Why Bourdieu?

Another book I picked up in Paris last month was by sociologist Nathalie Heinich, Pourquoi Bourdieu. (Paris: Gallimard, 2007. 188 p.) Among other things, the book has helped me understand better the anger of Alain Touraine, whom Heinich describes as a "collègue et ennemi" of Bourdieu, in the first half of his Penser autrement (discussed below, blog of 11-27), where he inveighs against a view of a society "without actors." It was the determinism of Bourdieu, Foucault, Derrida, Lacan and others that Touraine continues to combat.

Heinich first encountered Pierre Bourdieu (1930-1992) when she arrived in Paris as a beginning graduate student in 1977, and fell under his spell. His style of "domination" was "charismatic," she argues, in the strict sense defined by Max Weber (1919): based on "personal, extraordinary grace" ("la grâce personnelle extra-quotidienne" in the French translation she's using). The book is mainly about why she and scores of other young students and even non-sociologists were so overwhelmed by him, and why it was important for her and probably all of us to break the enchantment. I don't have time this morning, and you probably don't have patience for an extensive summary. Briefly, she (and others) found him extraordinarily attractive even physically (in 1977, he was "un homme jeune, beau..., souriant," ... etc.), and a lecturer who seemed to trap new ideas on the fly and appreciate enormously the little suggestions that his students dared to offer, treating students (his clear inferiors) as equals and researchers in other fields as friends -- whereas other sociologists of his own generation he viewed as competitors and treated them scornfully. If you were to be his student-collaborator-colleague, you had to be with him all the way, with no tolerance for other approaches -- e.g., Alain Touraine or even more distant intellectuals such as Barthes or Bachelard.

But it wasn't just his personal magnetism that made him such a towering figure. He really had interesting ideas, a great number of them, and Heinich describes some of the main ones critically but sympathetically. For my purposes here, as I seek to comprehend developments in Spain, these seem powerful tools. Stratification and hierarchy (of all social relations), the importance of non-material resources ("cultural capital") motivations and motives ("distinction"), etc.; the power of "habitus" and the arena of competition or "champ", etc.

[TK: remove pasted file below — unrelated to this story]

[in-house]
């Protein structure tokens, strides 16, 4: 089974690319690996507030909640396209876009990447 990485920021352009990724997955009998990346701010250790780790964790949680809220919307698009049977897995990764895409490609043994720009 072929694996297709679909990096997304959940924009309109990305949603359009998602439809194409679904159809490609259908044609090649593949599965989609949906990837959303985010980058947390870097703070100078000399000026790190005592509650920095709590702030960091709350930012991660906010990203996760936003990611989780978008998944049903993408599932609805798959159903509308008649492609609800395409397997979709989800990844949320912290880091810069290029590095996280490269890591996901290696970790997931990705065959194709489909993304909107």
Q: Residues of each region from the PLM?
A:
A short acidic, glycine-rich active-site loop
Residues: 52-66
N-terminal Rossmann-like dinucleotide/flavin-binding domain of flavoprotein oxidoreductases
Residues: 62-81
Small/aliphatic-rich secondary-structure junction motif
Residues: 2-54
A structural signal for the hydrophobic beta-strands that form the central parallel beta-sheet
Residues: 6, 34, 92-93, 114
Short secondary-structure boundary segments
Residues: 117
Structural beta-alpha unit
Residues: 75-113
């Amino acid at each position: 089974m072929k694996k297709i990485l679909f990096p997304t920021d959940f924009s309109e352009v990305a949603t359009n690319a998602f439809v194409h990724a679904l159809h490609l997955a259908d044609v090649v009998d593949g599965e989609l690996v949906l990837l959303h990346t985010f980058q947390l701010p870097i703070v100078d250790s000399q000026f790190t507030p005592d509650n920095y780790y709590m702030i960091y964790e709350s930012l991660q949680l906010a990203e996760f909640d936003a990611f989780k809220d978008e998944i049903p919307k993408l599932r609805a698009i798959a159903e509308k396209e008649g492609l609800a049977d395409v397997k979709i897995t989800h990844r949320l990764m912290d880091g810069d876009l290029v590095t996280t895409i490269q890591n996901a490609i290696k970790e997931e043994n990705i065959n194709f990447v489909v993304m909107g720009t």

But my time on this borrowed computer is nearly up. These are just notes to help me and maybe intrigue you. If I get a chance, I'll be back tomorrow, to talk not about Bourdieu but about other phenomena where Bourdieu, Touraine, Alvin Gouldner and others may help us understand. Hasta mañana.


Happy Winter Solstice to All!

My apologies for missing my latest self-imposed Friday deadline for an update on Spain. Things were just too chaotic last week, in our personal lives more than in Spain. For starters, Saturday Dec. 15 we rushed to Madrid in disorderly fashion (the refrigerator door fell off while we were cleaning our apartment, my external hard-drive went into infinite spin when I tried to back up my laptop, the train we were scheduled to take from Almería to Madrid had been canceled due to a track defect), so I got here without my laptop. Then, the apartment we had planned to move into wasn't really completed so we had to stay in a hotel with limited Internet access. The Madrid apartment is really tiny but very well located, right next to the Reina Sofía museum and very near the Atocha train station; it will be our urban pied-a-terre, while the main house (still not finished) will be in Carboneras. We're moved into the apartment now, and expect the final work to be completed today, and just this morning we discovered this wonderful Madrid institution, a cultural center with exhibitions and other activities and rooms where anyone can use computers or sit and study, absolutely free. It's called La Casa Encendida, an obra social of the savings bank Caja Madrid. "Obra social" -- there must be a common expression like that in English. Here it means an activity for community benefit. In Spain, savings banks (unlike the other banks such as BBVA) all have "obra social" as their chief mission -- their gains must go into such projects rather than as dividends to shareholders. Good system.

As I implied above, the week in Spain as a whole was much less chaotic than in our personal lives. The Socialist government even managed to get its budget approved in Congress at the last minute! This involved a lot of negotiation and patience with all the smaller parties and the one big opposition party, so it's further evidence of José Luis Rodríguez Zapatero's abilities as a political operative.

I hope to have something more substantive to say about events here this coming Friday. And now that I've discovered the resources of the Casa Encendida, I'll be able to post. Till then, Happy Winter Solstice!

(By the way, does anybody know why the early Christians, trying to peg their holiday to the pagan festival that everybody was already celebrating, missed by 3 days? The solstice is December 22, I believe. How could they get that wrong?

Hasta pronto.